Fake business loans land Yakima, Seattle entrepreneurs in prison

An immigrant businesswoman and a Mariners ticket hawker faced sentencing this week over separate schemes to steal thousands in COVID-19 stimulus money.

A tan stone court building occupies a tree-lined street corner in Yakima

The William O. Douglas Federal Building and U.S. District Court for Washington’s Eastern District in Yakima. (Brandon Block/Crosscut)

Karla Padilla-Reyna looked at the ground, head in her hands. Moments before, a federal judge in Yakima said she thought Padilla-Reyna was a hard worker, very smart, had done great things in her 48 years – and would no doubt continue to succeed. But first she’d spend 15 months in federal prison for defrauding the U.S. government, repeatedly and over an extended period during a national crisis, for nearly $300,000.

By her own attorney’s admission, she didn’t really need the money. Padilla-Reyna took great pride in the success she’d achieved as an immigrant business owner, serving on the state Commission on Hispanic Affairs and allowing her children to go into professions like medicine and accounting when she spent her childhood harvesting fruit.

But underneath that veneer of stability was hundreds of thousands of dollars of tax debt from what she described as honest mistakes on her small business accounting. She portrayed her motivations as not for financial gain but to “get back to square one” with the IRS. 

“It was just like, my Hail Mary,” Padilla-Reyna told the judge. “I thought taking from the government to pay the government, [that] was how I rationalized things. But it was still wrong.”

Tuesday’s judgment also represented the steepest punishment yet handed down in response to charges from a pandemic fraud “strike force” established by federal prosecutors in Eastern Washington more than a year ago.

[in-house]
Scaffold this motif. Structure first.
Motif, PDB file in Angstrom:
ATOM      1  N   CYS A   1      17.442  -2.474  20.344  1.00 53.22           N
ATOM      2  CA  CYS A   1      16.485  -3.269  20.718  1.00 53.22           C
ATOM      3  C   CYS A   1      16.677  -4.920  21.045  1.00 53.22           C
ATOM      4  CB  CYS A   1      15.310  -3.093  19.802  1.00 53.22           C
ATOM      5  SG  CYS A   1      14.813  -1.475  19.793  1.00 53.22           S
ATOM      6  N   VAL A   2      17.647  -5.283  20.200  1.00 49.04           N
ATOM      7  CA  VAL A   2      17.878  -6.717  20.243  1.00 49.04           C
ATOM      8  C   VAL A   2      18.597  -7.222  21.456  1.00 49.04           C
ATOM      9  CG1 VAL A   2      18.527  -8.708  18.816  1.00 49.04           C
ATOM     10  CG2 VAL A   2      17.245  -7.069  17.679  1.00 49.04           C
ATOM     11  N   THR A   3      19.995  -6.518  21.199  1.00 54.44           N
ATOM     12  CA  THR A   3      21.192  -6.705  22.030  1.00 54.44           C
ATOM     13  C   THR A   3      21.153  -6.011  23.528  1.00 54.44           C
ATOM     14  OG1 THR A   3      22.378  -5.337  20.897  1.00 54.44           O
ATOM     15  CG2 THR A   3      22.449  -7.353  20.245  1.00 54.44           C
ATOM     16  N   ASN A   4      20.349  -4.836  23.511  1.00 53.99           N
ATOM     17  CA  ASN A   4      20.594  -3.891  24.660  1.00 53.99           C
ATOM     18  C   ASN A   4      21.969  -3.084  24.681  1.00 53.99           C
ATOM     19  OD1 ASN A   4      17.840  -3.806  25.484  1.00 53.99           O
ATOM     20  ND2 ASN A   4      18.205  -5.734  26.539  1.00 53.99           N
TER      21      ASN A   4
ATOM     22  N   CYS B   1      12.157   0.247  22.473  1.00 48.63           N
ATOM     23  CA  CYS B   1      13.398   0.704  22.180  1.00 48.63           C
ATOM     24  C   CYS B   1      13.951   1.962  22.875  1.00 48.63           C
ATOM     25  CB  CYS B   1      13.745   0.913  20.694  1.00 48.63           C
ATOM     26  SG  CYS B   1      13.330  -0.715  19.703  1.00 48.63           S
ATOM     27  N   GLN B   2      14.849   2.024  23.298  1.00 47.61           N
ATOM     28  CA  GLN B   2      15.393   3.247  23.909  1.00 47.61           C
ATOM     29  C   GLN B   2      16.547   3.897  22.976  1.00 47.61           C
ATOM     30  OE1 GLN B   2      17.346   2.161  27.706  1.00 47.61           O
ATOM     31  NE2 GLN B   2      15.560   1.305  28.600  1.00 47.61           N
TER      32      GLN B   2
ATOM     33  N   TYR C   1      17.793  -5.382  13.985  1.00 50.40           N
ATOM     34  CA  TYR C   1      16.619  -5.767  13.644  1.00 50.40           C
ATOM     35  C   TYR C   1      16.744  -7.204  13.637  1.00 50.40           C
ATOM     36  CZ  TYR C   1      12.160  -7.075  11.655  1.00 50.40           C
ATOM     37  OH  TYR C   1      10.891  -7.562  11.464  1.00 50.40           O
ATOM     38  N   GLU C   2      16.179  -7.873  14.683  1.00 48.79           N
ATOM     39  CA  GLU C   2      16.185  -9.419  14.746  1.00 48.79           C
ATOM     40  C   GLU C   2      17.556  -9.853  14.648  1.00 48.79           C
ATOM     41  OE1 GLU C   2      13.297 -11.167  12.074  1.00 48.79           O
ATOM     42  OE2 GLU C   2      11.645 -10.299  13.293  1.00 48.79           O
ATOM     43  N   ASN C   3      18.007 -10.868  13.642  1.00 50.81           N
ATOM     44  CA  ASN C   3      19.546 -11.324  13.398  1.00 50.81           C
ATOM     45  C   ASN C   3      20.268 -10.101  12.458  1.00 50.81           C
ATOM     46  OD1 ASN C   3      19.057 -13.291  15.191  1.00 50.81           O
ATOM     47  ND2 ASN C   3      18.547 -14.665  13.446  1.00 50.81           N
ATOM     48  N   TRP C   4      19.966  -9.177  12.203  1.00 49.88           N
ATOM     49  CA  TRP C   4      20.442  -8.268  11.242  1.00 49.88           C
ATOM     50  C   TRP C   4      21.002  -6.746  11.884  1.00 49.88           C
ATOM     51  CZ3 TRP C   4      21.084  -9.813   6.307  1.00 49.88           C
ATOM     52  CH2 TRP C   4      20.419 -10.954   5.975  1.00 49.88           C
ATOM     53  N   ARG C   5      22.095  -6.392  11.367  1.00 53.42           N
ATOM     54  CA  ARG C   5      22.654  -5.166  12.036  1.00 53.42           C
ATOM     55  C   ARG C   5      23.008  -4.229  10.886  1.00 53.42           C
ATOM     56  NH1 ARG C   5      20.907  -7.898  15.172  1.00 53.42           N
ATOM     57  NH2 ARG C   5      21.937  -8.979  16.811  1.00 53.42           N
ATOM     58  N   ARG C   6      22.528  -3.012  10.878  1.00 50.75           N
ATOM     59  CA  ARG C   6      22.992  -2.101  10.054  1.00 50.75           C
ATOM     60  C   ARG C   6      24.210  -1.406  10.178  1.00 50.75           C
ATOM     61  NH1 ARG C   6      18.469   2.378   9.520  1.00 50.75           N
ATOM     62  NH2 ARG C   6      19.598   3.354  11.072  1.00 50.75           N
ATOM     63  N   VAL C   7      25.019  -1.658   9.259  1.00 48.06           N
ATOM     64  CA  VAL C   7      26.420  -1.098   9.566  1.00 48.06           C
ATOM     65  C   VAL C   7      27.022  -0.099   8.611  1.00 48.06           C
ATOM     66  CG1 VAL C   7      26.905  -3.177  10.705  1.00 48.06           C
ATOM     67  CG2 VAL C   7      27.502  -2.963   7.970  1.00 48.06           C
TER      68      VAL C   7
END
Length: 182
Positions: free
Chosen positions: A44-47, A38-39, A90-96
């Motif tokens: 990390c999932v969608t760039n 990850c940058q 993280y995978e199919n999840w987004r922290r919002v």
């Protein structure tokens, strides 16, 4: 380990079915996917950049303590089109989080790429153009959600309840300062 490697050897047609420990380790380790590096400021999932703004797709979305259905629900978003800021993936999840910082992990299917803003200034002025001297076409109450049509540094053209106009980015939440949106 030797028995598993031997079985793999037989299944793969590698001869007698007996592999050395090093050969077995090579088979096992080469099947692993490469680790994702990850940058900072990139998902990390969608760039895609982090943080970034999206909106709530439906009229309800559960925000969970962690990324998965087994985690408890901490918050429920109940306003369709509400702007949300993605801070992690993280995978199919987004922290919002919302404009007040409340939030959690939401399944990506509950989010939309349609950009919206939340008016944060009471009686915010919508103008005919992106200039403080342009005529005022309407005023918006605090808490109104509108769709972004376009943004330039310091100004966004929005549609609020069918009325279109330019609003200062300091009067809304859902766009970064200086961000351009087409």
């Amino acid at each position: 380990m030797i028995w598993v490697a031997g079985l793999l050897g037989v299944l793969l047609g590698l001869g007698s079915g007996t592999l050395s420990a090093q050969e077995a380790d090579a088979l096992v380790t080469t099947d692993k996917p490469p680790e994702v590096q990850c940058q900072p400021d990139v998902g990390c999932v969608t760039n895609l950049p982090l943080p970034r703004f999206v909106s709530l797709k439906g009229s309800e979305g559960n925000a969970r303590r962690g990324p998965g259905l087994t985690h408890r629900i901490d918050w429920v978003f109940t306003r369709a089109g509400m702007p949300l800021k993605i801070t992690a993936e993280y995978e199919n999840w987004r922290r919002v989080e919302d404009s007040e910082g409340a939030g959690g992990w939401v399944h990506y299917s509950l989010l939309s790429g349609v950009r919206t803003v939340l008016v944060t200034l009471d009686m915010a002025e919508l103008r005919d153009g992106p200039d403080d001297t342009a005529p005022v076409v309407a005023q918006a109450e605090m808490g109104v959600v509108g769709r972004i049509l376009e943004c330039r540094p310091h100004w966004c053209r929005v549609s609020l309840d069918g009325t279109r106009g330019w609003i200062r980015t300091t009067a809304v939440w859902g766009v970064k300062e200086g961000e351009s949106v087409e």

Some 28 people and one company have been criminally charged statewide under a concerted effort to punish those who took advantage of pandemic stimulus programs during the pandemic’s peak, stealing billions from lenders. 

Last week, a homeless woman in Spokane became the first person charged by the Eastern Washington strike force to face prison time. Natasha Ann Opsal was sentenced to six months for fraudulently obtaining $53,747 in pandemic business loans. Her attorney argued in court filings that Opsal had already served six months prior to trial. 

Also on Tuesday, in Seattle, a former ticket broker named Joseph “Mike” Freeman was sentenced to 12 months and one day in prison for his role in stealing more than $640,000 in Paycheck Protection Program business loans.

Previous Western Washington-based convictions of a tech executive, a state employee and a Nigerian politician resulted in prison sentences of two to five years.

A Government Accountability Office report issued Thursday stated officials had flagged 3.7 million suspicious recipients of pandemic stimulus loans nationwide. The report found that of 94 people convicted of stimulus-related fraud charges by the end of 2021, the average prison sentence ran 37 months.

“The government made a choice to pay and chase,” the Yakima judge told Padilla-Reyna at sentencing. “Unfortunately people chose to take advantage. … The community as a whole needs to know that behavior is unacceptable.”

Tax debts and mental duress

Padilla-Reyna pleaded guilty in July 2022 to submitting a dozen false applications for pandemic business loans and later lying to lenders about using proceeds to pay made-up employees.

Her attorney, Robin Emmans, argued Tuesday that Padilla-Reyna submitted those applications during a period of acute mental illness related to bipolar disorder diagnoses exacerbated by the pandemic. She said that because Padilla-Reyna can pay back the entire loan immediately, incarceration should not be necessary. A recent filing said Padilla-Reyna had placed $300,000 “in trust” with her attorney to pay anticipated restitution.

“Is it functional to incarcerate somebody who has no criminal history, is losing her career, and is unusually able to pay back the money?” Emmans asked Judge Mary Dimke.

This story is a part of Crosscut’s WA Recovery Watch, an investigative project tracking federal dollars in Washington state.

Padilla-Reyna described a childhood spent harvesting fruit as the child of migrant workers with little education. She said she worked her way through college, obtaining a master’s degree and starting her own insurance business.